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How did Frankenstein become the man who created a monster? The Apprenticeship of Victor Frankenstein series by Kenneth Oppel (Reviewed by Susan Little)

Today Christie is talking about Frankenstein re-imagined for the 21st century, but how did Frankenstein become the man who created a monster?  Kenneth Oppel has written a prequel that answers that question and high school teacher by day and library aide by night Susan Little reviews it for us today.
 
 
This Dark Endeavor (The Apprenticeship of Victor Frankenstein book 1)
by Kenneth Oppel
Simon & Schuster Books 2011 (ISBN: 2403154)
 
“You must abandon this dark endeavor.”




The Frankenstein brothers, Victor and Konrad, are twins.  They are inseparable and love adventures in around their home in Bavaria.  One day as teenagers, they are exploring their home when they stumble upon the dark library.  They are fascinated by it.  They discover books dedicated to the dark arts and alchemy.  When Konrad becomes deathly ill, Victor seeks out the secrets of the dark library to cure his twin.  But Konrad dies anyway.  Victor suffers the loss of his twin and his shame at shouldering the blame for his death.  So ends the first book of the series.  The book is very interesting and good.  It has creepy and odd things in it but not like the second book, which is better.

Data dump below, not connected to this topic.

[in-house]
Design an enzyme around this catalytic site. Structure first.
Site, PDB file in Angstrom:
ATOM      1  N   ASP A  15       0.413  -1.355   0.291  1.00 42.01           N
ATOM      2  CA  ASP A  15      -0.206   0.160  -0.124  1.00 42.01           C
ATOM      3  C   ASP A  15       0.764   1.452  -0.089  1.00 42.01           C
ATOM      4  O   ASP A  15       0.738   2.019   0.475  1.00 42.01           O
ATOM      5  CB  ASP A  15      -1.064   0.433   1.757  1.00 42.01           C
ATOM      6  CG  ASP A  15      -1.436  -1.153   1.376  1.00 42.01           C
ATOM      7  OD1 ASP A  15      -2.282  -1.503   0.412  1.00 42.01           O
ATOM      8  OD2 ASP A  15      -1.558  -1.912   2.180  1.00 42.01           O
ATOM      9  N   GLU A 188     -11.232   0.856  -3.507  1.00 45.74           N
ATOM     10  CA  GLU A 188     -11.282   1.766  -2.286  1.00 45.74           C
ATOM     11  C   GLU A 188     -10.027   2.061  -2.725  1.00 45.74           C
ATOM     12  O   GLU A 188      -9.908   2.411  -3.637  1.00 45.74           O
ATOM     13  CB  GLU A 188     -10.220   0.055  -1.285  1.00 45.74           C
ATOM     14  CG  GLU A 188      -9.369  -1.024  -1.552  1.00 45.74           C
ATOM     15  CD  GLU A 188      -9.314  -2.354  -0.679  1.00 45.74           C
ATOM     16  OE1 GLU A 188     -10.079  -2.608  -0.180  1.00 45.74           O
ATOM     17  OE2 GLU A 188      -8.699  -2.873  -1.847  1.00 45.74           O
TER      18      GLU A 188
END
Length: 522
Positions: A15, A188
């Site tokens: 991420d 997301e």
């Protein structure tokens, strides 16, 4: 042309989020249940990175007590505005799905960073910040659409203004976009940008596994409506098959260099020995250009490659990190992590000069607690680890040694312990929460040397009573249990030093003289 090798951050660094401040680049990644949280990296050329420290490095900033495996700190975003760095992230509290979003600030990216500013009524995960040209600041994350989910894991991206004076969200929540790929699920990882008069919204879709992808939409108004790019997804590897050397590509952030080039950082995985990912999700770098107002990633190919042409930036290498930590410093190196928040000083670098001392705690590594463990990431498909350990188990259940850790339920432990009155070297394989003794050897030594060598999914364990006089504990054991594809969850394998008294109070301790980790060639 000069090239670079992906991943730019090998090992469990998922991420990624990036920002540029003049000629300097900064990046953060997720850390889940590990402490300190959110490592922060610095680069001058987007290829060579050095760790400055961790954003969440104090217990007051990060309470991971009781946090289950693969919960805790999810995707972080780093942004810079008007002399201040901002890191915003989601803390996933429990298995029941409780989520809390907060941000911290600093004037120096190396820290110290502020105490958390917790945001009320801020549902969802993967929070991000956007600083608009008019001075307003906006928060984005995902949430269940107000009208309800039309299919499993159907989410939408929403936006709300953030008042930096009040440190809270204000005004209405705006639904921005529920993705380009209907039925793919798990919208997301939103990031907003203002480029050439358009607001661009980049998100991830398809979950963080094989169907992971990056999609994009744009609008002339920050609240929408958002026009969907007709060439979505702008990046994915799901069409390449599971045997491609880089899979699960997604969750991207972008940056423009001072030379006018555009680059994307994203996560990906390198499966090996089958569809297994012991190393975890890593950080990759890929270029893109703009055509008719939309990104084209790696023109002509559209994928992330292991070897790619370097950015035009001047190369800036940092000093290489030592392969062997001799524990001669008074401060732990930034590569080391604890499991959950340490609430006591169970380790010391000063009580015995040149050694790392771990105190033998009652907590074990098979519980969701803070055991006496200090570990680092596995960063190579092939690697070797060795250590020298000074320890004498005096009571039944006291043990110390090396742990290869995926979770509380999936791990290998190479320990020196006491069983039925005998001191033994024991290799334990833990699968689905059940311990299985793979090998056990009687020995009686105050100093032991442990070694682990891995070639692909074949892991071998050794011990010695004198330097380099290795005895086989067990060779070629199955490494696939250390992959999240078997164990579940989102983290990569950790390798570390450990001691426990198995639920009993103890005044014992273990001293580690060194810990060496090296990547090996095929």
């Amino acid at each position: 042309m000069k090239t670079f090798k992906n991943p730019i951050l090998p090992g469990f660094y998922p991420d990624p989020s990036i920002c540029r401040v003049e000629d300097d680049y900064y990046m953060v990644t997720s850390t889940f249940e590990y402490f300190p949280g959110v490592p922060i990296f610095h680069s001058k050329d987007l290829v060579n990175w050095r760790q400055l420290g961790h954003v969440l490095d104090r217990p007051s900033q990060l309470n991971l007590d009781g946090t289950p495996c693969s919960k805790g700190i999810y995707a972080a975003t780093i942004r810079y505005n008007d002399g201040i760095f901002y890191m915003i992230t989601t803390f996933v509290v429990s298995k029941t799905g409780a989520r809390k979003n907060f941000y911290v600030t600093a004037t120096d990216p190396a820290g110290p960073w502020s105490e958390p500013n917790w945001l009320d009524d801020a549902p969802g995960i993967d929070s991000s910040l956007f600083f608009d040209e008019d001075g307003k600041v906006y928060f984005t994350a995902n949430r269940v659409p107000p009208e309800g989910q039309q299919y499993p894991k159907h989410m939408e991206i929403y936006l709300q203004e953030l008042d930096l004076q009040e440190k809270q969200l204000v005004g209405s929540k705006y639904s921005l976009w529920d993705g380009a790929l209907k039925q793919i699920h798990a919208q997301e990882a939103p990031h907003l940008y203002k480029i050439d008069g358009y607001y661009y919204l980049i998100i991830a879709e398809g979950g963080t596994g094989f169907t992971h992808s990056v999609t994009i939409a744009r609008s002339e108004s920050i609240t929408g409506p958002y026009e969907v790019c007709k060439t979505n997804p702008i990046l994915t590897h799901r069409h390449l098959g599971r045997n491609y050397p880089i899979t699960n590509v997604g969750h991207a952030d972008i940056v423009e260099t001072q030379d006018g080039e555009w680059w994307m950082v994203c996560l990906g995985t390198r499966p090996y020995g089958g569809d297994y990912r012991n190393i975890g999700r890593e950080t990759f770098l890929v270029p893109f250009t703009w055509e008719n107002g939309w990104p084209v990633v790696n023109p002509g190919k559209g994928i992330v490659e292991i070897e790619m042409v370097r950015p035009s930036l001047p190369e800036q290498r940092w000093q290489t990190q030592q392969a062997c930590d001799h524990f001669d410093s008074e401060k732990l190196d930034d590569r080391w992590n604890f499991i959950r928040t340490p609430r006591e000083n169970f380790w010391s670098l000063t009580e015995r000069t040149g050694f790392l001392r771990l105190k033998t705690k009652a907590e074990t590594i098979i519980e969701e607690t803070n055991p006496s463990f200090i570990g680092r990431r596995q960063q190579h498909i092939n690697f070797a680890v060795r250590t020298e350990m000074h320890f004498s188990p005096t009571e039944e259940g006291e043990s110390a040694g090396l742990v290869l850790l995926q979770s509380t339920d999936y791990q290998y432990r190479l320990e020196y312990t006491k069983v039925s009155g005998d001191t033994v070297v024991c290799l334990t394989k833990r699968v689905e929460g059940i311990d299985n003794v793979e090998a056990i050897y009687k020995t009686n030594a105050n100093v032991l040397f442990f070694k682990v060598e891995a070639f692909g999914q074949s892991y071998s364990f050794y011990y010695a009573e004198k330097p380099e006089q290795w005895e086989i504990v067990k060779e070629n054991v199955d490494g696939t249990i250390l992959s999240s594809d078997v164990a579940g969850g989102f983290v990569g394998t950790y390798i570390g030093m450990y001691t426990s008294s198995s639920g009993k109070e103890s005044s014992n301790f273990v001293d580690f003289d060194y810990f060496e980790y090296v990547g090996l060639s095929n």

“Why?” I asked her. “Why was it only me you attacked?”
“Because it is you,” she whispered, “who is the real monster.”
 
 
Such Wicked Intent (The Apprenticeship of Victor Frankenstein Book 2)
Kennth Oppel
Published by Simon & Schuster Books 2012 (ISBN: 9781442403185)
 

In the second book Victor makes an instrument using a mystical book that allows him to crossover to the spirit world to talk to Konrad.  Konrad is trapped in house just like his earthly one.  A evil spirit of some kind is trying to enter the house.  Meanwhile, Victor is trying to make a body for Victor according to what he has learned from the book.  The creature, however, is not Konrad but a minion of the spirit from the spirtual world. At the end there is a battle between good and evil.  This was a good book that built up to a much better climax than the first. 

[youtube http://www.youtube.com/watch?v=ER4E5mxIV_s]

Susan came to me and mentioned that she had read This Dark Endeavor and really liked it.  I offered her a copy of the sequel, Such Wicked Intent, if she reviewed it for me. That’s how we roll around here.  I, too, have read this series – because Susan liked it so much and told me to – and it is really very good.  And in the spirit of confession you should know: I have written 3 papers on the original Frankenstein by Mary Shelley (1 in high school and 2 in college) and I really didn’t like it.  I know many will find that to be a statement of blasphemy, but it was really boring if you ask me.  These books are not.  So Frankenstein has been redeemed for me.